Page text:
(Eclipse) Week in Review

My mom showing off her name rabbit shorts!

My mom showing off her name rabbit shorts!

This Week's Stats

  • 80 Miles
  • 12M MLR
  • 15.5M with 3 x (4min-3min-2min-1min) with 90s jog rest (614 pace for 8.34M)
  • 12.4M MLR
  • 22M long run with 10M at 605 average
  • 0 days off
  • 1 Total Eclipse
  • 1 rock climbing session
  • 5 days in Southern Illinois


I was feeling so confident about last’s week high mileage that I just had to shoot for more this week.  And I came away so proud of myself.  Let’s set the stage.  I was in Carbondale, where there’s no one left to run with. You should all know by now that I’m a total wimp when it comes to running alone.  Also, the weather isn’t particularly the best for training for a marathon – with temps soaring above 100 and the humidity at 90%.  Honestly, I’m shaking my head in disbelief at my own mental tenacity. 

  • Reason #1:  I did almost 40 miles in 3 days, all by my lonesome. 
  • Reason #2:  As part of #1, I did a workout all by myself on the country roads in my hometown.  And, I didn’t run slow; I actually hit the paces!
  • Reason #3:  All my family members were sleeping in while I had to wake up early to get the run in before I had meetings.

Yet, after laying all these reasons out, I realize now that I found the real answer as to why I was able to run so strong: because I saw my first total solar eclipse!  The whole point of this trip to Illinois was to enjoy a view of the total solar eclipse from the comfort of my childhood home.  Nature, of course, did not disappoint…and, for that matter, neither did my mom’s cooking!  As the moon’s shadow began to cast its darkness over the sun, I wandered back and forth from our kitchen to our field.  This ensured that I could both eat and watch the partial eclipse move towards totality. 


In the moment that the sun was completely blocked by the sun, everyone shouted to “remove your glasses.”  I gazed up towards the sun, and then twirled slowly around, marveling in the 360 views of a sunset.  For 2 minutes and 42 seconds, I listened as my family members and friends all gasped, cried out repeatedly “oh my god” and snapped photos of the phenomenon.  Probably the best part for me was absorbing the look of pure joy on my brother’s face:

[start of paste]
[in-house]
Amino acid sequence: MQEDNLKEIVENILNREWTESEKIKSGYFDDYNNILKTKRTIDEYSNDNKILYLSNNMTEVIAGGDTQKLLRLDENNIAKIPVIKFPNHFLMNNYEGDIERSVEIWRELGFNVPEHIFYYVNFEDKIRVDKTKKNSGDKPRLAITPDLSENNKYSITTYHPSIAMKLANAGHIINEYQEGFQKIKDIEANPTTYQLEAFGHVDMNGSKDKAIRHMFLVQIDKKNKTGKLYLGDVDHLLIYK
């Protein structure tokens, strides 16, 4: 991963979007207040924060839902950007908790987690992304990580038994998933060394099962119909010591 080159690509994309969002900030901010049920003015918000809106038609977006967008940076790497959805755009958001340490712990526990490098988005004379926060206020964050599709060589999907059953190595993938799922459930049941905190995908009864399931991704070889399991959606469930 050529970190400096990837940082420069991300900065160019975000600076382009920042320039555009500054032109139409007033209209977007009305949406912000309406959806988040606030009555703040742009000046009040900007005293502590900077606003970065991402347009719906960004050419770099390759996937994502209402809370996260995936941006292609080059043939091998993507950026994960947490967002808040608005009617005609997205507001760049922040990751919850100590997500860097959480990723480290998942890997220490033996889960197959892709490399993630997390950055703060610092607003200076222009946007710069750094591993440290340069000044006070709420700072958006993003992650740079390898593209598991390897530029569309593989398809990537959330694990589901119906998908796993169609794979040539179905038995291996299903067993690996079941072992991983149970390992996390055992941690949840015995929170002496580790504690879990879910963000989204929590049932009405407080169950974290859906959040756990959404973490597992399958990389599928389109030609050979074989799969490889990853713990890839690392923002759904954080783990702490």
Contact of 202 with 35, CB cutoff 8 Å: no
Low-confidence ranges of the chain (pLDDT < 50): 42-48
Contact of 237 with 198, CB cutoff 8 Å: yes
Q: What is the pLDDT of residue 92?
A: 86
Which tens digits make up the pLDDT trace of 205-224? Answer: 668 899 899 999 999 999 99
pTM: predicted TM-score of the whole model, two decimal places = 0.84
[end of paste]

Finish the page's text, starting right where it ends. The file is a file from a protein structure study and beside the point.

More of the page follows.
We all left exulted, in awe of what we had just experienced, each wishing it could have lasted at least ten more minutes. 

Hopefully now you can understand how this eclipse inspired me to have such a great week of running, despite all of the factors going against me.  It was just aligned in the universe.  

Week in Review

This Week's Stats

  • 75 Miles
  • 14M with 9M tempo at 6:05 average via 557/611/611/557/610/608/554/609/605
  • 12M MLR
  • 21M long run with no water or gels
  • 0 days off
  • 2 rock climbing sessions
  • 1 lift day

Hey-o!  I just hit my highest mileage week for the 2017 year!  Didn't realize that I had kept my mileage at a relatively steady 60-65 miles per week over the first half of this year.  This definitely helped this higher mileage week feel even more respectable.  

Jumping right into marathon training means that the midweek workouts are always 14-16 miles with a large portion at goal marathon pace.  This week's workout called for 14 miles with 9 miles at 600-615-615 every 3 miles.  Despite getting a crappy night of sleep and sleeping through my alarm for five minutes, this workout went quite nicely.   I barely had enough time to get out the door on time to meet the large crew of Tom, Abhijeet, and Howard for the warmup,  and Jonah and Jay for the workout. Jonah ran with us for the first 3 miles, while Jay kept me company for the entirety.